Released on 20th January 2023 on Netflix, the movie Shanty Town made its fame on social media with lots of buzz from celebrity influencers. But is the movie from Giant Creative Media worth our while? Are there shortcomings that this movie, still in its season 1, must improve on? Here is decritic’s review of the movie shanty town.
- The Actors:
Who dares question the masterful acting? The actors of Shanty Town are not your wanna-be stars. These are actors who have made their bones in entertainment. They got us glued to our screens from the beginning to the end. With Richard Mofe-Daminjo (RMD), Chidi Mokeme resurrected from silence, Ini Edo back like she never left, Nancy Isime giving fans what to gossip as usual, the gifted Sola Sobowale, the flexible Nse Ikpe-Etim, the awesome Shaffy Bello, and a host of other stars.
Uche Jombo seems to have been under-utilized in the movie. Peter Okoye still needs some brushing up. For instance, the perspective we are given is that the wife of Fernandez is not available and that the man himself, is a Yoruba. But Fernandez Son’s (Peter Okoye) accent has Igbo written all over. In our review, Shanty Town failed in that regard.
Although the choice of the perfect politician in Richard Mofe Damijo is well-sold by the Director (Dimeji Ajibola), we think Bimbo Manuel would have nailed the role too.
2. The Language & Costume:
In a shitty-shanty town, what language do you expect? That’s right. Slangs, pidgin, and English. We saw some high-level communication from the cryptic language by the Politicians. Scar, the hoodlum, was also speaking the diversified language of a street star who has been around. The apex was his scene with Salewa (Nancy Isime). It was epic. A well-written script, well-played by Chidi Mokeme. The title captures the gbas-gbos of the movie – Shanty Town.
In terms of costume, we must applaud the costumier. The costumes are perfect.
The Director of this movie has placed careful attention to the location of Shanty Town. Indeed, everyone with eyes can see that this a shanty ghetto. However, we are disappointed with the location used as the club or hangout of the rich and powerful of society. Like seriously, Kohinoor? The Location Director would have gotten away with the act since the outside was not shown and certain part was carefully selected. But all that spoiled when Salewa entered the bathroom and the cameraman captured Kohinoor for us to see. Maybe, this is not a problem if there was a sponsorship deal from Kohinoor. But that is asking viewers, especially Nigerians on the island, to ignore that Kohinoor is not the standard.
4. The Plot:
This is a story of a lady who lost her twin sister and her mum only to find the sister at an older age on a dying bed in a hospital. The sister suddenly revealed she has been in Shanty Town working for Scar. It so suddenly happened that the Police too, have been looking at cracking down on the illegal activities in Shanty Town. She had to become her sister to get into Scar’s crew and crack down on the illegal operations. She became an undercover agent.
This would have been a beautiful and perfect story, but for the as-usual-hurried-fix-and-shoot altitude of most Nigerian script and screenwriters, producers and directors. How Ini Edo met her twin sister and took her identity and had the same interest in Shanty Town is all just too cosmetic and voodoo conjunctions. No, we must wait. We must mark our story and wait. We must carefully and patiently connect the story to link – that is the way you evoke make-believe stories, empathy, anxiety, suspense, et al. Because of this major flaw, the suspense in the movie was missing.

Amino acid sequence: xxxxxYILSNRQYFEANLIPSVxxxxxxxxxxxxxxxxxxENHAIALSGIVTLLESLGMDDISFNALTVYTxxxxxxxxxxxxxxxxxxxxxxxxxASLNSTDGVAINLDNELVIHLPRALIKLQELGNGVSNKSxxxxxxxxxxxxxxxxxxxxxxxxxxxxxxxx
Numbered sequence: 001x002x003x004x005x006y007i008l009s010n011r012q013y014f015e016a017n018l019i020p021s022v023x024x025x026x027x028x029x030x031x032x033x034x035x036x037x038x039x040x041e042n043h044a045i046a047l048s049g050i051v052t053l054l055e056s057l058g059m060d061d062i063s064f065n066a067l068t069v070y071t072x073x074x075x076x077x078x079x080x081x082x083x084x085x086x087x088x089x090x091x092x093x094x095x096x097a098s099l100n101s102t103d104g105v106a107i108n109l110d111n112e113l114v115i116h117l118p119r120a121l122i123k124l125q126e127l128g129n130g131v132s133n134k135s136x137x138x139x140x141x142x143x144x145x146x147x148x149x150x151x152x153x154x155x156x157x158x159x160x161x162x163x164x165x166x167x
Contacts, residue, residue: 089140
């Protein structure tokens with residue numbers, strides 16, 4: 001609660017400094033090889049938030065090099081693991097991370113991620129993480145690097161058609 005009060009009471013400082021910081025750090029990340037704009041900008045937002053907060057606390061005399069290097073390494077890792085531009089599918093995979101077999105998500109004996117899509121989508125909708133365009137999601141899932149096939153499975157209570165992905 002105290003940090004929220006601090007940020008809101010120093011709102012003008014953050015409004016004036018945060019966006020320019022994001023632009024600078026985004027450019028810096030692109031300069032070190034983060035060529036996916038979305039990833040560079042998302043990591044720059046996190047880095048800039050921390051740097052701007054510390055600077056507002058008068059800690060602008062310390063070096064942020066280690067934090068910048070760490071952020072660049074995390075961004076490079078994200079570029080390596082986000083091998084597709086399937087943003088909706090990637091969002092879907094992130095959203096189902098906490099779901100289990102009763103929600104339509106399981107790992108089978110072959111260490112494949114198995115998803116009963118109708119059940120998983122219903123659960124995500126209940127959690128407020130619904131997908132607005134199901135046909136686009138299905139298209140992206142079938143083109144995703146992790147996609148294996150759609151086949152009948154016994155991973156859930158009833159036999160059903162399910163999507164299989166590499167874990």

5. The Martial Arts/ karate Action:
It is no story that Nollywood is still crawling regarding real action movies. But hey, this is the excuse we make for them every time. The industry has money and has existed for years now. Cinematographic technology should not be an issue. Also, it is long overdue for our actors who wish to act in action movies to be well-trained in the arts. It is the least we can do. Nigerians, especially the Millenials and GenZ watch a lot of action movies. When we watch an abysmal act, it becomes laughable.
If we were to give a star of 5, our score review of Shanty Town will be 3.5%.
The plot was underdeveloped: not rich, bereft of suspense. I dare say the producers used our favourite A-List actors to lure us and keep us glued to our screens. I expected more: much more.
Again, what’s with the stark vulgarity? I get it that the setting should match the language, however, there was hardly any decency in all the scenes. It was shocking for the most part: the profanity, nakedness, and all what not, all rolling out without any breaks. I mean…
On the flip side, like I mentioned earlier, the producers used our favourite A-List actors, so I didn’t expect less of the delivery, despite the shallow storyline. Mokeme gets my vote; the Yor-Igbo blend was ‘palatable’!
All in all, it was not over the top as most expected. Unsurprisingly, I wasn’t blown away. Nollywood should tone it down with casting all the known celebrities at once for a blockbuster; more often than not, the result is not excellent.
Could someone please explain what Peter Okoye and Regina Daniels were doing in that movie? Or even Mercy Eke? It would have been a platform to advertise good upcoming talents. For Christ’s sake, Mr. P is not even Yoruba: he just stared blankly at Mokeme when the latter spoke ‘his language’ to him. Let him just stick to his singing abeg!
Las las, dem try small: 6/10 for me.
Wow, you should join De Critic or be a guest Critic. Nice one.